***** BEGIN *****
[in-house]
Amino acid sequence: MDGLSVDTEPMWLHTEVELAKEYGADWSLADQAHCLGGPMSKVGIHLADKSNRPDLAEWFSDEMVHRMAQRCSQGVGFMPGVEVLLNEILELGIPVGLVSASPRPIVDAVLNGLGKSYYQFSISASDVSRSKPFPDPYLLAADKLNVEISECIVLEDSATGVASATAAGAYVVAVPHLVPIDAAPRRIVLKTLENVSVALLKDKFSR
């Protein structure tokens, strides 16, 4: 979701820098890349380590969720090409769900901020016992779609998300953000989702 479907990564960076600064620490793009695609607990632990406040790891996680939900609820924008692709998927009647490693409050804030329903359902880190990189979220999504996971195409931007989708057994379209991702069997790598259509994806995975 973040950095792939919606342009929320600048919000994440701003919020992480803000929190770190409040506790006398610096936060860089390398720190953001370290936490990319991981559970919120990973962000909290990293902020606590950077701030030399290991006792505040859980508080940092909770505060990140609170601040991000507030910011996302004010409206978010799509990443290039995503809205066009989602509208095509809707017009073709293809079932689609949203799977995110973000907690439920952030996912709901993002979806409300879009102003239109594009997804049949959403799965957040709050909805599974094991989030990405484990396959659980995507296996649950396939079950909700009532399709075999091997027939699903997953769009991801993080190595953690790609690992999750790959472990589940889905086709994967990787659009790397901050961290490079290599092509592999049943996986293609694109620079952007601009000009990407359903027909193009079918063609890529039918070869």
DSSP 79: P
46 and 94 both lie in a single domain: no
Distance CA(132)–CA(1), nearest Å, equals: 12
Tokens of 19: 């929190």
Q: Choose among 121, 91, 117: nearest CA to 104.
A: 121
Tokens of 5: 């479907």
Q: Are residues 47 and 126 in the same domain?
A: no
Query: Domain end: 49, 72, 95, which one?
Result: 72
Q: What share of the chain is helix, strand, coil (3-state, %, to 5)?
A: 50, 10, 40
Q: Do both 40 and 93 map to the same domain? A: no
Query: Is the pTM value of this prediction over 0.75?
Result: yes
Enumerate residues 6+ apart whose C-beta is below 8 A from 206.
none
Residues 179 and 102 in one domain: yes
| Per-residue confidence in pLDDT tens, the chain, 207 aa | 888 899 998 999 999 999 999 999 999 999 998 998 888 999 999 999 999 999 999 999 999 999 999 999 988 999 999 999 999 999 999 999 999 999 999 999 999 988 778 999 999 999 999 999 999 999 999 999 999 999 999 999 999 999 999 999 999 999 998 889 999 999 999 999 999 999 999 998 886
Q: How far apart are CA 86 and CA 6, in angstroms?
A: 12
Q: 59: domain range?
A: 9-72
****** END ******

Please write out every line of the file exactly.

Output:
[in-house]
Amino acid sequence: MDGLSVDTEPMWLHTEVELAKEYGADWSLADQAHCLGGPMSKVGIHLADKSNRPDLAEWFSDEMVHRMAQRCSQGVGFMPGVEVLLNEILELGIPVGLVSASPRPIVDAVLNGLGKSYYQFSISASDVSRSKPFPDPYLLAADKLNVEISECIVLEDSATGVASATAAGAYVVAVPHLVPIDAAPRRIVLKTLENVSVALLKDKFSR
């Protein structure tokens, strides 16, 4: 979701820098890349380590969720090409769900901020016992779609998300953000989702 479907990564960076600064620490793009695609607990632990406040790891996680939900609820924008692709998927009647490693409050804030329903359902880190990189979220999504996971195409931007989708057994379209991702069997790598259509994806995975 973040950095792939919606342009929320600048919000994440701003919020992480803000929190770190409040506790006398610096936060860089390398720190953001370290936490990319991981559970919120990973962000909290990293902020606590950077701030030399290991006792505040859980508080940092909770505060990140609170601040991000507030910011996302004010409206978010799509990443290039995503809205066009989602509208095509809707017009073709293809079932689609949203799977995110973000907690439920952030996912709901993002979806409300879009102003239109594009997804049949959403799965957040709050909805599974094991989030990405484990396959659980995507296996649950396939079950909700009532399709075999091997027939699903997953769009991801993080190595953690790609690992999750790959472990589940889905086709994967990787659009790397901050961290490079290599092509592999049943996986293609694109620079952007601009000009990407359903027909193009079918063609890529039918070869």
DSSP 79: P
46 and 94 both lie in a single domain: no
Distance CA(132)–CA(1), nearest Å, equals: 12
Tokens of 19: 């929190």
Q: Choose among 121, 91, 117: nearest CA to 104.
A: 121
Tokens of 5: 């479907």
Q: Are residues 47 and 126 in the same domain?
A: no
Query: Domain end: 49, 72, 95, which one?
Result: 72
Q: What share of the chain is helix, strand, coil (3-state, %, to 5)?
A: 50, 10, 40
Q: Do both 40 and 93 map to the same domain? A: no
Query: Is the pTM value of this prediction over 0.75?
Result: yes
Enumerate residues 6+ apart whose C-beta is below 8 A from 206.
none
Residues 179 and 102 in one domain: yes
| Per-residue confidence in pLDDT tens, the chain, 207 aa | 888 899 998 999 999 999 999 999 999 999 998 998 888 999 999 999 999 999 999 999 999 999 999 999 988 999 999 999 999 999 999 999 999 999 999 999 999 988 778 999 999 999 999 999 999 999 999 999 999 999 999 999 999 999 999 999 999 999 998 889 999 999 999 999 999 999 999 998 886
Q: How far apart are CA 86 and CA 6, in angstroms?
A: 12
Q: 59: domain range?
A: 9-72